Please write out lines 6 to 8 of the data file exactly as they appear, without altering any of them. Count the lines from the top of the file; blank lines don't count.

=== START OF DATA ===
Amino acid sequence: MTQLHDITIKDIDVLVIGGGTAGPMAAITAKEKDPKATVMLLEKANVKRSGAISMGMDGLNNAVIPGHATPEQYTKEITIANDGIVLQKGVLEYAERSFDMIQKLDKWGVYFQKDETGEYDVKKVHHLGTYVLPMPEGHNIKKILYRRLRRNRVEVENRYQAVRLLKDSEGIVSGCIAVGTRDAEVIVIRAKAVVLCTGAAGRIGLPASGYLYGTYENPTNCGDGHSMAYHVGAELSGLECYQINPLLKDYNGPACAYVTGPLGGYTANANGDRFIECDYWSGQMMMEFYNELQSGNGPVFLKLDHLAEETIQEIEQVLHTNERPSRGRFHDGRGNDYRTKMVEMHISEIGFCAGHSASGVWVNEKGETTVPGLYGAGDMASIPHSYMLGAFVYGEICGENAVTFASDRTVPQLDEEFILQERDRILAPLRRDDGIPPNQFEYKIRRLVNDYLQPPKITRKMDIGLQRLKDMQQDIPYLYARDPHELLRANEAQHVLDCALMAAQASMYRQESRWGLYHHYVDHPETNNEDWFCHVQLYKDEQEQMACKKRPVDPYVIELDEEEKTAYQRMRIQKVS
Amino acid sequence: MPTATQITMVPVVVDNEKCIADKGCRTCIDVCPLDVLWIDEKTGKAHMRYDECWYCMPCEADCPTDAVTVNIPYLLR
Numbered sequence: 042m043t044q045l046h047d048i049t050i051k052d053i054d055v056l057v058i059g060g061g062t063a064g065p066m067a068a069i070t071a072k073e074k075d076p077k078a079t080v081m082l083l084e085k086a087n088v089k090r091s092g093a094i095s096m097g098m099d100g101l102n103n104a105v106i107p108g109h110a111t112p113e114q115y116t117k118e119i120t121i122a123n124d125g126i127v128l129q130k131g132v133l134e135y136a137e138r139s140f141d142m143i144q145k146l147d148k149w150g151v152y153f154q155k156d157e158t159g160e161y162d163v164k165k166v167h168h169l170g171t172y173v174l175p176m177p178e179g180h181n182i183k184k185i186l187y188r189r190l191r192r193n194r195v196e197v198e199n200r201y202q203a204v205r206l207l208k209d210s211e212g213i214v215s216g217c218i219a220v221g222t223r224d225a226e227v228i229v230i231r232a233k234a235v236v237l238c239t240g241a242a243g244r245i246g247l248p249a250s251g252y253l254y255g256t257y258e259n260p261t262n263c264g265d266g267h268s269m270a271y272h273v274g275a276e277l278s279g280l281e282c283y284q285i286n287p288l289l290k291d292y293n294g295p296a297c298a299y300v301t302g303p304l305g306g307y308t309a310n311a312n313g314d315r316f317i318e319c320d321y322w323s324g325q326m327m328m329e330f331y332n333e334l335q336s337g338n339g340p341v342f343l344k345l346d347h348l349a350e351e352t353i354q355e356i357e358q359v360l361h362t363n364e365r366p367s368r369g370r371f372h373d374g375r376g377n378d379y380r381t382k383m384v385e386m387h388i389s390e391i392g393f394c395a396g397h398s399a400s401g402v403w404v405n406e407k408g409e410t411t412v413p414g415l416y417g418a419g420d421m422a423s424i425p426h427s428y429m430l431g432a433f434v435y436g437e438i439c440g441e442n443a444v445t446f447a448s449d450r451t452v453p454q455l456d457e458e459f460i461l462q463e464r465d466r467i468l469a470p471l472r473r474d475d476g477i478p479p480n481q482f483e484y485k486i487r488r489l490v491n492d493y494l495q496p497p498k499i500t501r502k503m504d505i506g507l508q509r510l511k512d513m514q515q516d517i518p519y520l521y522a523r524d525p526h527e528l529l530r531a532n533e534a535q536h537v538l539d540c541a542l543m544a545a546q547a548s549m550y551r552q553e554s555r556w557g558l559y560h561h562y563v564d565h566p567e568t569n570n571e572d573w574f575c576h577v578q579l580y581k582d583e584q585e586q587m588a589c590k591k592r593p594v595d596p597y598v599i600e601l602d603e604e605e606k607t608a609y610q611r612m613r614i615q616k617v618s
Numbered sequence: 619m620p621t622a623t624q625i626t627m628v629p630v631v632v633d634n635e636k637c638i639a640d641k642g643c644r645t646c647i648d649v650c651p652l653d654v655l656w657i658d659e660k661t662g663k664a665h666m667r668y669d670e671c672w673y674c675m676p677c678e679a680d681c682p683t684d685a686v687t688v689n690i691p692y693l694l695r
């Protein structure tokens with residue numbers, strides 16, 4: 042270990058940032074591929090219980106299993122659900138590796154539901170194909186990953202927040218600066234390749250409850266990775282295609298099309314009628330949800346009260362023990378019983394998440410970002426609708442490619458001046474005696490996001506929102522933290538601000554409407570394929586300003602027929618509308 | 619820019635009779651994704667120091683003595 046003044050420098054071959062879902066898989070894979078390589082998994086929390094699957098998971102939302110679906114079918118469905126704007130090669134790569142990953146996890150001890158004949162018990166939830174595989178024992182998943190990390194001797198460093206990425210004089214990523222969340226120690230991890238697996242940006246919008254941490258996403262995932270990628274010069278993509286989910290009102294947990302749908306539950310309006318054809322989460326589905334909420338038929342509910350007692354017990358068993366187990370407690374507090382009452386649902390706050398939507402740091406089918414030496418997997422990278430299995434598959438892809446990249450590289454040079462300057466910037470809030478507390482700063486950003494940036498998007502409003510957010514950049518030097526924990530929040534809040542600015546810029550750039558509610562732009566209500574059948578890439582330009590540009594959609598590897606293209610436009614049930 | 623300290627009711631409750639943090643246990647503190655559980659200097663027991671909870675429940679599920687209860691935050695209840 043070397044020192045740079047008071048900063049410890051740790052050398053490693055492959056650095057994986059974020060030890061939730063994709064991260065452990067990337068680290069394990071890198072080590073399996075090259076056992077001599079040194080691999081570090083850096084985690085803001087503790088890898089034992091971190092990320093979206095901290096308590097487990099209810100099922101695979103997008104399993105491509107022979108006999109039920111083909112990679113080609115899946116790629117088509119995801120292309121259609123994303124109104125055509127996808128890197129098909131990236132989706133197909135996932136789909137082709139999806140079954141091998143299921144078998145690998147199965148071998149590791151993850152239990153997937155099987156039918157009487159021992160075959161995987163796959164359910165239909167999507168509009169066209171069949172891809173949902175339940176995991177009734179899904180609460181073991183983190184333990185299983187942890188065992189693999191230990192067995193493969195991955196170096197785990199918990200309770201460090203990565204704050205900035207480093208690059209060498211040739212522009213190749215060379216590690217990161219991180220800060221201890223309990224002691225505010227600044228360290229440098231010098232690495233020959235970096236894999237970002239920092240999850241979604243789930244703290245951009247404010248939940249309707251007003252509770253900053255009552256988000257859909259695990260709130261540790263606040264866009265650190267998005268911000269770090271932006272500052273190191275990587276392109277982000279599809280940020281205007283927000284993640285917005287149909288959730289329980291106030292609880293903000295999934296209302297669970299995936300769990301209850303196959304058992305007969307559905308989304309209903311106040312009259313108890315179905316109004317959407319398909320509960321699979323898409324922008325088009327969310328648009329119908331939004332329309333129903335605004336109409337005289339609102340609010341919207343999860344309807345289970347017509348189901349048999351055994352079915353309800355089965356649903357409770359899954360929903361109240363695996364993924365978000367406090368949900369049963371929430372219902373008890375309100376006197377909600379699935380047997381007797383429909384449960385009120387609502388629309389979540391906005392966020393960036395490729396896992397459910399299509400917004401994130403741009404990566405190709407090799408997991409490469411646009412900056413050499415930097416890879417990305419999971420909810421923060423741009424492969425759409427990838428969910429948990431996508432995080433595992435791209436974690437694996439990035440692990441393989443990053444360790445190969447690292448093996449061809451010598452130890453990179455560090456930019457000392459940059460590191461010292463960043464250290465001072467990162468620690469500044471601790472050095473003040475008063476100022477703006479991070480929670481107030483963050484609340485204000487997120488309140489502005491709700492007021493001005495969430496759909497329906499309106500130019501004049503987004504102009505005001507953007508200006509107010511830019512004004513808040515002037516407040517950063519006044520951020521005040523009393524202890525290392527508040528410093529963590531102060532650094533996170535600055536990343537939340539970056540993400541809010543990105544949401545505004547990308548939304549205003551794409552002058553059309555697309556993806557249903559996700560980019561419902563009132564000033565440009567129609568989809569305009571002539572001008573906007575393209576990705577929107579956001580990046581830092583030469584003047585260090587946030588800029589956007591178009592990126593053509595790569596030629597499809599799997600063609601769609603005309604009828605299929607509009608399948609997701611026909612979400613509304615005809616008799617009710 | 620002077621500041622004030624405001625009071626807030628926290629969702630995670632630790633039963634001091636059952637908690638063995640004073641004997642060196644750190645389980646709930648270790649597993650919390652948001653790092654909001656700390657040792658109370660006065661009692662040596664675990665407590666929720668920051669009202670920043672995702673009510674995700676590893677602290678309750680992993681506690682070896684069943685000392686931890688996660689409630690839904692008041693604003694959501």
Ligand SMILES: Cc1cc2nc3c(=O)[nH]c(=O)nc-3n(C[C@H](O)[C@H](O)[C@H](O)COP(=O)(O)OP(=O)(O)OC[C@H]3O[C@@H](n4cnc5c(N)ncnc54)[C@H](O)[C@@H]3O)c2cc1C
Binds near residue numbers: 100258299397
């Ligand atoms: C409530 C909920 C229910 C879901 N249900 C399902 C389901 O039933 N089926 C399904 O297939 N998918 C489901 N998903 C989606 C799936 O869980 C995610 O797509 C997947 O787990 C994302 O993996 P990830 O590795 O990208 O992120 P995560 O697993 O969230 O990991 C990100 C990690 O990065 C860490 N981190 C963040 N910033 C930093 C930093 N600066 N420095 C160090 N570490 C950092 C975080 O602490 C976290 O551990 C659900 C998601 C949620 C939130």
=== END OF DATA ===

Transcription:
Ligand SMILES: Cc1cc2nc3c(=O)[nH]c(=O)nc-3n(C[C@H](O)[C@H](O)[C@H](O)COP(=O)(O)OP(=O)(O)OC[C@H]3O[C@@H](n4cnc5c(N)ncnc54)[C@H](O)[C@@H]3O)c2cc1C
Binds near residue numbers: 100258299397
């Ligand atoms: C409530 C909920 C229910 C879901 N249900 C399902 C389901 O039933 N089926 C399904 O297939 N998918 C489901 N998903 C989606 C799936 O869980 C995610 O797509 C997947 O787990 C994302 O993996 P990830 O590795 O990208 O992120 P995560 O697993 O969230 O990991 C990100 C990690 O990065 C860490 N981190 C963040 N910033 C930093 C930093 N600066 N420095 C160090 N570490 C950092 C975080 O602490 C976290 O551990 C659900 C998601 C949620 C939130």